Women and Sex

In the comic strip "Cathy" by Cathy Guisewite, readers follow the antics of a "normal" American
woman of the 90's. Cathy is single, works as a secretary, and is portrayed as unhappy. Her dating
experience can be characterized by endless searching for the ideal man, settling for someone because she
believes him to be the best she can do, and going through a breakup process that is initiated by the male.
This is followed Cathy rationalizing the situation, and more likely than not, an eating binge. This is just
one of the various media that send a negative message to women. Women are told by the media to be
submissive, passive, beautiful, happy, and weak. Television, magazines, and movies either portray women
as the beautiful damsel in distress who needs rescuing or the gorgeous sexual object of whom males take
advantage. The message is clear and it is going out to women of all ages, "If you do not fit into the
stereotype; you simply do not fit in."
This goal of "goddess" is unreachable by the majority of women. When constantly told they are
not good enough, sexy enough, or perfect enough; women's levels of self esteem decline rapidly. This lack
of self esteem usually includes low confidence levels, dissatisfaction with physical and emotional self, and
transitively, the idea that they could not possibly be desirable sexually. The media, through advertising,
movies, news coverage, music television, and magazines, perpetuates the stereotypes and define how men
and women view the sexuality of women.
In order to understand the effects of the media on women's sexuality, it must be established that
self esteem and identity development are implicit factors. According to a study by Judith C. Daniluk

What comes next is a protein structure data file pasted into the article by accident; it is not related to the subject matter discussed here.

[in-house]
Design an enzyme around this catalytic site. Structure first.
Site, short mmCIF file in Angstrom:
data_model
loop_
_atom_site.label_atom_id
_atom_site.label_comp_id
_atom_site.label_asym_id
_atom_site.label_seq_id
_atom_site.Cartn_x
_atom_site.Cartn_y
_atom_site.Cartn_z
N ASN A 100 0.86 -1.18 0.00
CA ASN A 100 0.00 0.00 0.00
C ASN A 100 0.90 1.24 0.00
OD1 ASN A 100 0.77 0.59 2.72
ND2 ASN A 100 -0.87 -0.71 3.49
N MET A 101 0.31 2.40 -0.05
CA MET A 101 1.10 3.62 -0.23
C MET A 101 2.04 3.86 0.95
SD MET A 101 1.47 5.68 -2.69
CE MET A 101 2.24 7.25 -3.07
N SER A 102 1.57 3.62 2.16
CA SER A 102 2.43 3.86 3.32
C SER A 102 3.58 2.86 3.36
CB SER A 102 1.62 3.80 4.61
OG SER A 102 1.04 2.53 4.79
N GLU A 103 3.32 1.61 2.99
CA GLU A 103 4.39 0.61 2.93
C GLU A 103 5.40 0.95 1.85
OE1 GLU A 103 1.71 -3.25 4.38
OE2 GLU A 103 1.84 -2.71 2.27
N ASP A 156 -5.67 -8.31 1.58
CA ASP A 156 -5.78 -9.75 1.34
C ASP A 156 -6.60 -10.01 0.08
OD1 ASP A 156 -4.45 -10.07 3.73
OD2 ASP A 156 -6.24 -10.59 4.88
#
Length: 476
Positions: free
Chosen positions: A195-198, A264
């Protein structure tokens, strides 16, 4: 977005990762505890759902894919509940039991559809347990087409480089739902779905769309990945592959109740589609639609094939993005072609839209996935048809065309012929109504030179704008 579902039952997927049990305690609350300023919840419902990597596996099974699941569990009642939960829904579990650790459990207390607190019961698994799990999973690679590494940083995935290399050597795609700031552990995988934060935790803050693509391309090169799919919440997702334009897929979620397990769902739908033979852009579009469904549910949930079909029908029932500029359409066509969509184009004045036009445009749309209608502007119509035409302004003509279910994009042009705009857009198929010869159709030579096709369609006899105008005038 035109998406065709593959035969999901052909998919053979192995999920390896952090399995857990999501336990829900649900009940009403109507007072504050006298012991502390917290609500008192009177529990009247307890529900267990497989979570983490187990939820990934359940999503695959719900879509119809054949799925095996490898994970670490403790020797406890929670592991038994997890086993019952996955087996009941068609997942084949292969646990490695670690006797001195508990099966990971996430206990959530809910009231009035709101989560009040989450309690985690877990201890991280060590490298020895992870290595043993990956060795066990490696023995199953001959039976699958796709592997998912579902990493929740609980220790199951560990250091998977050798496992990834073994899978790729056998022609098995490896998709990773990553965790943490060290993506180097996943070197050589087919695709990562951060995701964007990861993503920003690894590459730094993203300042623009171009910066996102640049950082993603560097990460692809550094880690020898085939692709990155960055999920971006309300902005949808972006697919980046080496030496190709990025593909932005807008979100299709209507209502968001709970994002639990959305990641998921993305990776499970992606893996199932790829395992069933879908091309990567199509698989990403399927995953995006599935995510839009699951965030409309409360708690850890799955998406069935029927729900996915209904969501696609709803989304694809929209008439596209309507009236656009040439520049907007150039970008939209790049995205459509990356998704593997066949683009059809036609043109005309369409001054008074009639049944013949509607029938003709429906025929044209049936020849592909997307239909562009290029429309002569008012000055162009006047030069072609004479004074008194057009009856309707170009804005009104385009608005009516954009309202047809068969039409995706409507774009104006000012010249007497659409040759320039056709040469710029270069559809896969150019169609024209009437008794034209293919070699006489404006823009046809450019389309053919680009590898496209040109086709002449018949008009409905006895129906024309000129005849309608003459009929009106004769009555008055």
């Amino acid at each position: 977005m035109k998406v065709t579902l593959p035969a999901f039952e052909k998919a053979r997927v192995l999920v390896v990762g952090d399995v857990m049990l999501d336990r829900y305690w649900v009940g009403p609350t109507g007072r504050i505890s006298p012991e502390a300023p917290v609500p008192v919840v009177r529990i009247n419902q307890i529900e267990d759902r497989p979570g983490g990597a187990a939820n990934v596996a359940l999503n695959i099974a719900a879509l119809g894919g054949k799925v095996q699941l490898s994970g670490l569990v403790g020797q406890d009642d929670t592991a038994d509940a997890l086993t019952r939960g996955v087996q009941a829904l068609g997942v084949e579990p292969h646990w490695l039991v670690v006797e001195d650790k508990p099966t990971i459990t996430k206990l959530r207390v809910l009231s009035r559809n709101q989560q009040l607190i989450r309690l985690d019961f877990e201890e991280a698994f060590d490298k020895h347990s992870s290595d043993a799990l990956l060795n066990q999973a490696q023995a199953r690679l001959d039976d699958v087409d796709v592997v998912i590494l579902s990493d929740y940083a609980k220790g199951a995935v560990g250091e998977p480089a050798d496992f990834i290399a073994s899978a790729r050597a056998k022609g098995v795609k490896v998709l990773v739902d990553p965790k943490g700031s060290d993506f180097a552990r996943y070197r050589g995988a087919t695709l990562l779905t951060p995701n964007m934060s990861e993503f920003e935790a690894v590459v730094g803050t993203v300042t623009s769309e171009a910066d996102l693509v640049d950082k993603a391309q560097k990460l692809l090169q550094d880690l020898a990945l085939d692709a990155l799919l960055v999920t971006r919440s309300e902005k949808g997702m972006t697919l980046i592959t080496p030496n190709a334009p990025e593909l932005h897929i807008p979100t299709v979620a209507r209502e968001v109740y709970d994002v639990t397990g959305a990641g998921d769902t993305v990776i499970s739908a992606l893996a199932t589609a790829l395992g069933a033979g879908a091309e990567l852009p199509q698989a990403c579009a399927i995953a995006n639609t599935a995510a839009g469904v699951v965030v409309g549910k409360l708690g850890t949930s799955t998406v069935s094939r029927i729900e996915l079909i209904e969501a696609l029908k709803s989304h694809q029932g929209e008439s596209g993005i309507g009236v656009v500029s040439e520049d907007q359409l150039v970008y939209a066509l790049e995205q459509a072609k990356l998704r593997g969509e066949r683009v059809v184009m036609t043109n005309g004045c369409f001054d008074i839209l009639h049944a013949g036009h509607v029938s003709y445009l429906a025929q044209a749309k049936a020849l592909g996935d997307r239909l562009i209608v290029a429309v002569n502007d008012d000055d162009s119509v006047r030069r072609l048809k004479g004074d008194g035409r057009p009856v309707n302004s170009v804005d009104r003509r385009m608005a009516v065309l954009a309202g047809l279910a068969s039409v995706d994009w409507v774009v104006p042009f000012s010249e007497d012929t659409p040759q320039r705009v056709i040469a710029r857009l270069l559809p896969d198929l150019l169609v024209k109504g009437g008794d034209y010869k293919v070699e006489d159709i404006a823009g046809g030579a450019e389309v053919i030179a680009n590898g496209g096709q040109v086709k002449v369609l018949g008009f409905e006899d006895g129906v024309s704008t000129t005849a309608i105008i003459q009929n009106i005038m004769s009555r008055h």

(1987), identity development has a critical component in sexuality (p. 53). Daniluk (1987) states that
society has a very influential effect on sexuality, in that there are acceptable standards of feelings and
expression for women (p.57). She hypothesizes that societal norms substantiate stereotypes. In her
experiment, she used a group interview format with ten women. Her questions inquired about knowledge
and feelings these women had about sex and their own personal sexuality as well as how they acquired
these ideals (Daniluk, 1987, p.58). She called the media "a subtle but pervasive source of influence on the
women's experience of their sexuality" (Daniluk, 1987, p.60). The images portrayed by all kinds of media
set unrealistic standards of beauty and behavior, from how on!
e should look and dress to telling women they should hide their normal bodily functions, such as
menstruation. Women see these images as a reflection of what society expects. When they can not meet
these standards, they suffer emotionally with feelings of shame and insufficiency. These responses should
be expected when society is constantly spouting unattainable goals as the ideal. There are some difficulties
with this study. The women were recruited by word of mouth, meaning that everyone in the group knew at
least one other person. Additionally, the tapes of the experiment were transcribed by two female
researchers, one of which was a participant in the discussion. The fact that both of the transcribers were
female could have resulted in gender bias, and because one of the transcribers was invovled with the
original discussion, personal participation could have influenced the results. Regardless of the possible
problems with interpretations, the feelings on the media!
's effects expressed by these women remain valid. The media tells women how society wants them to look,
act, and feel. If they cannot reach these high standards, feelings of inadequacy and low self worth are
inevitable.
One example of a medium that has great influence is advertisements. It is well established in our
society that sex sells. Women, in the majority of cases, are utilized as a device to market merchandise. It is
not this method of sales that is the problem, but rather how these women are portrayed. Print ads,
commercials, and billboards use unrealistic and stereotypical representations to sell their products.
Advertisers exploit the "female" stereotypes to make their products seem more appealing.
Research done by William J. Rudman and Akiko F. Hagiwara (1992) explored the portrayal of
women in health and fitness advertisements (p.77). Rudman and Hagiwara (1992) analyzed fitness
magazines targeted at both males and females